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Sri Lankan President Gotabaya Rajapaksa Dissolves Parliament, Calls for Snap Elections on April 25

Sri Lanka President Gotabaya Rajapaksa with his brothers Mahinda Rajapaksa and Chamal Rajapaksa (R). (Reuters)

Sri Lanka President Gotabaya Rajapaksa with his brothers Mahinda Rajapaksa and Chamal Rajapaksa (R). (Reuters)

Prime Minister Mahinda Rajapaksa, who had been president twice and prime minister three times, is expected to lead his Sri Lanka Podujana Peramuna (SLPP or People's Front) party to a comfortable victory at the polls.

Colombo: Sri Lanka's new president called a snap election on April 25 after sacking the national parliament where his party led a minority government, officials said Monday.

Gotabaya Rajapaksa received the power to dissolve the 225-member legislature as it completed four-and-a-half months out of its five-year term on Sunday.

"We have received a formal notification dissolving parliament and setting out the election calendar," said an Election Commission official, adding the notice was to be published in the government Gazette later on Monday.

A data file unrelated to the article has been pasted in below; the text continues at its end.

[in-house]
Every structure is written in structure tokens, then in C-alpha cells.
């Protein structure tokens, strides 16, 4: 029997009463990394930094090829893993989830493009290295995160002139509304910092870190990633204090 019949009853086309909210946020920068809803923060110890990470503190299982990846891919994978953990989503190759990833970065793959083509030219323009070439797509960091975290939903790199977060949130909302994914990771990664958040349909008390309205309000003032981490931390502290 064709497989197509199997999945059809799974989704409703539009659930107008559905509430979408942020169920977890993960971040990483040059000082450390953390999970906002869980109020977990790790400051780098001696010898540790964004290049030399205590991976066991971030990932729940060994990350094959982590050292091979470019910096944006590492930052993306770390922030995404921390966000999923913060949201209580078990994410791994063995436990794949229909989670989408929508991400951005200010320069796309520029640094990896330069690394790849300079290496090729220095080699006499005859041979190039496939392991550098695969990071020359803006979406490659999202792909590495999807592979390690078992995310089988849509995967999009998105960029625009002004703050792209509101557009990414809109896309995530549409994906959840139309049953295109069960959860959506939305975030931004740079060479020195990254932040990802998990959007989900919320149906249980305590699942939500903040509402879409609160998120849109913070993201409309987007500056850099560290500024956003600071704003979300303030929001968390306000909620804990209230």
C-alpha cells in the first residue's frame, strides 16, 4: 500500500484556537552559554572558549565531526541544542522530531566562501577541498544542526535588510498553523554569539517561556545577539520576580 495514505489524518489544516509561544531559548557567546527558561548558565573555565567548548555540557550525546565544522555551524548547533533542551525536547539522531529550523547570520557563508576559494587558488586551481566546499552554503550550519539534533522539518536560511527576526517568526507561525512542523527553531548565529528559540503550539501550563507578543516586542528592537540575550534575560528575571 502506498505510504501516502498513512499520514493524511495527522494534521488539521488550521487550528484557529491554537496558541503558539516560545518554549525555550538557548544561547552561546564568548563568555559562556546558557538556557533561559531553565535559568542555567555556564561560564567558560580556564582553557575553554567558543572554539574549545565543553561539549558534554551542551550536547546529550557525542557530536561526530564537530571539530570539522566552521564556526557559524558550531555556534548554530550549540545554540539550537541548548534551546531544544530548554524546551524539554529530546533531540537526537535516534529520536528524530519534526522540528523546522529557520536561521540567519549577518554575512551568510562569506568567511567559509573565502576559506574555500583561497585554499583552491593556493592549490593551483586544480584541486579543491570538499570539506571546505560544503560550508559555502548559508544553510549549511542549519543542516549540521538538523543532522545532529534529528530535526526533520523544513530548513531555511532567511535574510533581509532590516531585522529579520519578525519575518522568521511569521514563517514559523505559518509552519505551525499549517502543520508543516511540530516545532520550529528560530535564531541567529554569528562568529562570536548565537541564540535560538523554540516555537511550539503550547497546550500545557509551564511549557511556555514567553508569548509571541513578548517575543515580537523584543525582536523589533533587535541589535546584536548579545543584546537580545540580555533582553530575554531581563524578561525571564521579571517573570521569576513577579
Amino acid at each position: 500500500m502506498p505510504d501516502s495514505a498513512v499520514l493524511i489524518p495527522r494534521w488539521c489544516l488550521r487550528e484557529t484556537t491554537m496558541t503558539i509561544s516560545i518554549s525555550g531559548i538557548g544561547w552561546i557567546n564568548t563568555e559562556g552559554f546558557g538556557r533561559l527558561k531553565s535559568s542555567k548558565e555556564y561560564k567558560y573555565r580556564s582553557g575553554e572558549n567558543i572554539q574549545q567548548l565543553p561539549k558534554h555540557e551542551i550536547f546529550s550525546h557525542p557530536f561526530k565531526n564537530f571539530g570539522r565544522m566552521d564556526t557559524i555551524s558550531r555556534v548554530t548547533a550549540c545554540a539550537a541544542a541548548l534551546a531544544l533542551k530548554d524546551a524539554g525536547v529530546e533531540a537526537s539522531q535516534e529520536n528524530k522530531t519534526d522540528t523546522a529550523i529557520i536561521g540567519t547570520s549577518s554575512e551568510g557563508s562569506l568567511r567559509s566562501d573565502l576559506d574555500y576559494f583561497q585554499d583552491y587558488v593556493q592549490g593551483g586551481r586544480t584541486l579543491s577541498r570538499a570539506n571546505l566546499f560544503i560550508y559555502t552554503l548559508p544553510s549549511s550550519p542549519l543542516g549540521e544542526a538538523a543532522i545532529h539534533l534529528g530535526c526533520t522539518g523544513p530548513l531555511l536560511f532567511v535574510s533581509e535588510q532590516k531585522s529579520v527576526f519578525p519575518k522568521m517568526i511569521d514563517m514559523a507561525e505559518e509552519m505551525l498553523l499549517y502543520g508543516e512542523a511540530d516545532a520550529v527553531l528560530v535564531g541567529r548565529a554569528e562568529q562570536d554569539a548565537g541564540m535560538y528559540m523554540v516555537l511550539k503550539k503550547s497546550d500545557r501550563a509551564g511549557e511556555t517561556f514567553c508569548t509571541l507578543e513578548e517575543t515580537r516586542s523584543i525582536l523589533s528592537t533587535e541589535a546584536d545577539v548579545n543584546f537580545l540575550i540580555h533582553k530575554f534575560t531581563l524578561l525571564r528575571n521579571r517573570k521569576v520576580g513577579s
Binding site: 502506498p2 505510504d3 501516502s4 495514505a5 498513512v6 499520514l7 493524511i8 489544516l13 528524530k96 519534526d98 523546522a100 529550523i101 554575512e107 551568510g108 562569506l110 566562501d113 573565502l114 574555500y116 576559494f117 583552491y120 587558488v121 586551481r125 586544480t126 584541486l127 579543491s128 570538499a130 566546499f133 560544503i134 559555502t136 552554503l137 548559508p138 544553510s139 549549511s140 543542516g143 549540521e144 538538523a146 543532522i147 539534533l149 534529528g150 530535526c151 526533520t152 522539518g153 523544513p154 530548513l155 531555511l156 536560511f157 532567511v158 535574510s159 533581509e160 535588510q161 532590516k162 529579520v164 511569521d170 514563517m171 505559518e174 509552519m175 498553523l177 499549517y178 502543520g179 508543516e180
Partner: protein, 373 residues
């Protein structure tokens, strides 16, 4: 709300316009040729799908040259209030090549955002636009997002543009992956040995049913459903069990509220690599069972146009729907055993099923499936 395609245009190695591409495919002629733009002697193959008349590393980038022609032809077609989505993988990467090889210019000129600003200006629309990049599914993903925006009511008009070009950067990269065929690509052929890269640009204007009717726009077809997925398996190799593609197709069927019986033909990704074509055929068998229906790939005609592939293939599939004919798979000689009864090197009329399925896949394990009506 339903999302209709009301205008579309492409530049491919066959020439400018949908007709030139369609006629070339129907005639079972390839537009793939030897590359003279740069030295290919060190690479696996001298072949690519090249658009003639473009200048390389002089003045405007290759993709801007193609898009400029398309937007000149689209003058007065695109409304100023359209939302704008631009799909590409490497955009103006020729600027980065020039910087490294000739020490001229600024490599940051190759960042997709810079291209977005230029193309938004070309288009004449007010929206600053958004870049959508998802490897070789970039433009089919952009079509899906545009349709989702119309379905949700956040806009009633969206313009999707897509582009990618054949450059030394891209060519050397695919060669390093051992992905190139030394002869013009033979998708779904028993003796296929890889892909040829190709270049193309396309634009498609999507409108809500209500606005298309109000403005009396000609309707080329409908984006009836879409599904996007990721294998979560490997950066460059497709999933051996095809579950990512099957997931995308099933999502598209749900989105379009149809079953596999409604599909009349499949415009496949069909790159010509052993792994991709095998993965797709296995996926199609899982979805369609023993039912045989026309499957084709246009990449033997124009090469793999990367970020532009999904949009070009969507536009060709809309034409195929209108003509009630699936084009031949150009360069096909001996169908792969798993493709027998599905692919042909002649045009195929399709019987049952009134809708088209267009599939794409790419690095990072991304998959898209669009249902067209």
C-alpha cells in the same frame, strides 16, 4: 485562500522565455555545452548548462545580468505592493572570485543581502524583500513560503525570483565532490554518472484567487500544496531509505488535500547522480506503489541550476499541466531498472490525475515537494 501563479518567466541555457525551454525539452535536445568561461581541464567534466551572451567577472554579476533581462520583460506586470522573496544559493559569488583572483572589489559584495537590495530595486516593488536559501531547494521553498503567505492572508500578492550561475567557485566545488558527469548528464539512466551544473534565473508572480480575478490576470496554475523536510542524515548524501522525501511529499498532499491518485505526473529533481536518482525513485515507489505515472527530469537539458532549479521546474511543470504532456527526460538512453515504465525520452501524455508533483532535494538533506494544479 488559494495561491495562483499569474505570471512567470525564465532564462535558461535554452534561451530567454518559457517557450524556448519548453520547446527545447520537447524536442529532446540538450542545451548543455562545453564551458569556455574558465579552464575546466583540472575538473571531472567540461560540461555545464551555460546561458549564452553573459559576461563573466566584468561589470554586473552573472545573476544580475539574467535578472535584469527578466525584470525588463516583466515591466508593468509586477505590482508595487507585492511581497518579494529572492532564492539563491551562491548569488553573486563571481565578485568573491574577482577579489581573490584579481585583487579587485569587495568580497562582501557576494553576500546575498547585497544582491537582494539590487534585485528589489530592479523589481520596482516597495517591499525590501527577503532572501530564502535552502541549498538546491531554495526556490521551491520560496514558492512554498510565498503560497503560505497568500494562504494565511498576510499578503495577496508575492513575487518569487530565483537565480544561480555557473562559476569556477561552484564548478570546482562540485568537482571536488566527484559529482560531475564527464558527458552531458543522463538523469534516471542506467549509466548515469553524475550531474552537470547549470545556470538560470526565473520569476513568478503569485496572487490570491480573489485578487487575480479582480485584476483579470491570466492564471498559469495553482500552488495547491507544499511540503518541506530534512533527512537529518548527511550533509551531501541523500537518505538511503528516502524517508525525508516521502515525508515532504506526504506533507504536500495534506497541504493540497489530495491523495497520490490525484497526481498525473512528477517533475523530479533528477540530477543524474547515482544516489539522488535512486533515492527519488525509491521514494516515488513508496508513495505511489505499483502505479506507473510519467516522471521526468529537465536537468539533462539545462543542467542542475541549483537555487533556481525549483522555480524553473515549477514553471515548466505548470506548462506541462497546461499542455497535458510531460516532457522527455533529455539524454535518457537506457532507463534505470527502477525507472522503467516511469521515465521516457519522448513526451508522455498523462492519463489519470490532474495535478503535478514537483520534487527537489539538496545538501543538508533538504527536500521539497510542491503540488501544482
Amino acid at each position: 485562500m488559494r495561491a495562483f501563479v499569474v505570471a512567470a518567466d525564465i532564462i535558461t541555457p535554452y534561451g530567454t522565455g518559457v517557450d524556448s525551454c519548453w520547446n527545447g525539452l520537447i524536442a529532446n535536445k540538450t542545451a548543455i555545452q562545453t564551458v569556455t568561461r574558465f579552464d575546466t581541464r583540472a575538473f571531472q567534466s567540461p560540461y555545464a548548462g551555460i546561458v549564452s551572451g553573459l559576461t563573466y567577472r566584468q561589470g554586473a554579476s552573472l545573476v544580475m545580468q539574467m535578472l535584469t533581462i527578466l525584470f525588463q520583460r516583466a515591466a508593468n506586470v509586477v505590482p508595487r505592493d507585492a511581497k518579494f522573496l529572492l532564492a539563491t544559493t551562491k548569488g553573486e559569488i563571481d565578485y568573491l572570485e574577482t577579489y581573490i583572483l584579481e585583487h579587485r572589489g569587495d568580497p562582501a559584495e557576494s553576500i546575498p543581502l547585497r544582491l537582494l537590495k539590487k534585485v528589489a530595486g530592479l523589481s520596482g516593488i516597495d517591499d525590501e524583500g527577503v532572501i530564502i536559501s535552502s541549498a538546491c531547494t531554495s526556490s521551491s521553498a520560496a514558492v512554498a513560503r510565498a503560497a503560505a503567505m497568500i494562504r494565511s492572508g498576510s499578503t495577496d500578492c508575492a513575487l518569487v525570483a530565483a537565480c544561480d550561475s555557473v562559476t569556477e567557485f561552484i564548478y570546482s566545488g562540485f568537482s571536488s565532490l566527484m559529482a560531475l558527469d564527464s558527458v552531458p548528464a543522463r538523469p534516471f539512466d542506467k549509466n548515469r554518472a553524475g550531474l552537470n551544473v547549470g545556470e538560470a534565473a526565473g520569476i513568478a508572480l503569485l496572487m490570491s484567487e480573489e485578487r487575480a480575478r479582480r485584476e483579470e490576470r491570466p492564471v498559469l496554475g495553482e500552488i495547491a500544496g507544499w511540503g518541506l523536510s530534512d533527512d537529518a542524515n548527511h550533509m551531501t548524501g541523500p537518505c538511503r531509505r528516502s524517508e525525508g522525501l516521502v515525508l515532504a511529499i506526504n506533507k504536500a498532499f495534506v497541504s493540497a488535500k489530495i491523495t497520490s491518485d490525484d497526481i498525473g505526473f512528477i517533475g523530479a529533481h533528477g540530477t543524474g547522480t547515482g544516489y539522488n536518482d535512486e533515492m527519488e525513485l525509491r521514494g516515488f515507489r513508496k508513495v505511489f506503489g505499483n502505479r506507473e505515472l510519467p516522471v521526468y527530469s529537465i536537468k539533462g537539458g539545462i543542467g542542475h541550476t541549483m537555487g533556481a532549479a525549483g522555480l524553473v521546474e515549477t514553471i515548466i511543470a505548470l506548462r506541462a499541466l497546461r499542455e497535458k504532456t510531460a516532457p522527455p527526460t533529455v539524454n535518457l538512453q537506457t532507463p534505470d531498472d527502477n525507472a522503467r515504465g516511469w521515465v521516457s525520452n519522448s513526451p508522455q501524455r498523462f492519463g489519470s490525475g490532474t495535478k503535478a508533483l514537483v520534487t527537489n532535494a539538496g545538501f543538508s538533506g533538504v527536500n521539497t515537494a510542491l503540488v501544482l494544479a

Political parties and independent groups can file nomination papers later this month and the first session of the newly elected parliament has been scheduled for May 14, the official said quoting from the presidential decree.

Rajapaksa, 70, won a landslide at November presidential polls and appointed his older brother and former president Mahinda as prime minister, consolidating their hold on power.

Mahinda, who had been president twice and prime minister three times, is expected to lead his Sri Lanka Podujana Peramuna (SLPP or People's Front) party to a comfortable victory at next month's polls.

Political commentators have said it would be a formidable challenge for the opposition to prevent Rajapaksa securing a two-thirds majority which will allow him sweeping powers to govern the nation of 21 million people.

The United National Party (UNP) of former prime minister Ranil Wickremesinghe has been plagued by a debilitating internal power struggle.

The Rajapaksas are adored by the Sinhala-Buddhist majority, but loathed among minority Tamils for spearheading the defeat of separatist militants in 2009 to end the island's 37-year ethnic war.

Prime Minister Rajapaksa announced last month that the country was withdrawing from a UN resolution investigating alleged war crimes in 2009, a move that was seen as boosting his popularity with the Sinhalese majority.

Mahinda was president when Sri Lankan troops defeated Tamil Tiger guerrillas in 2009.

Rights groups accused the army of killing at least 40,000 Tamil civilians in the final months of the conflict, a charge Colombo has denied.

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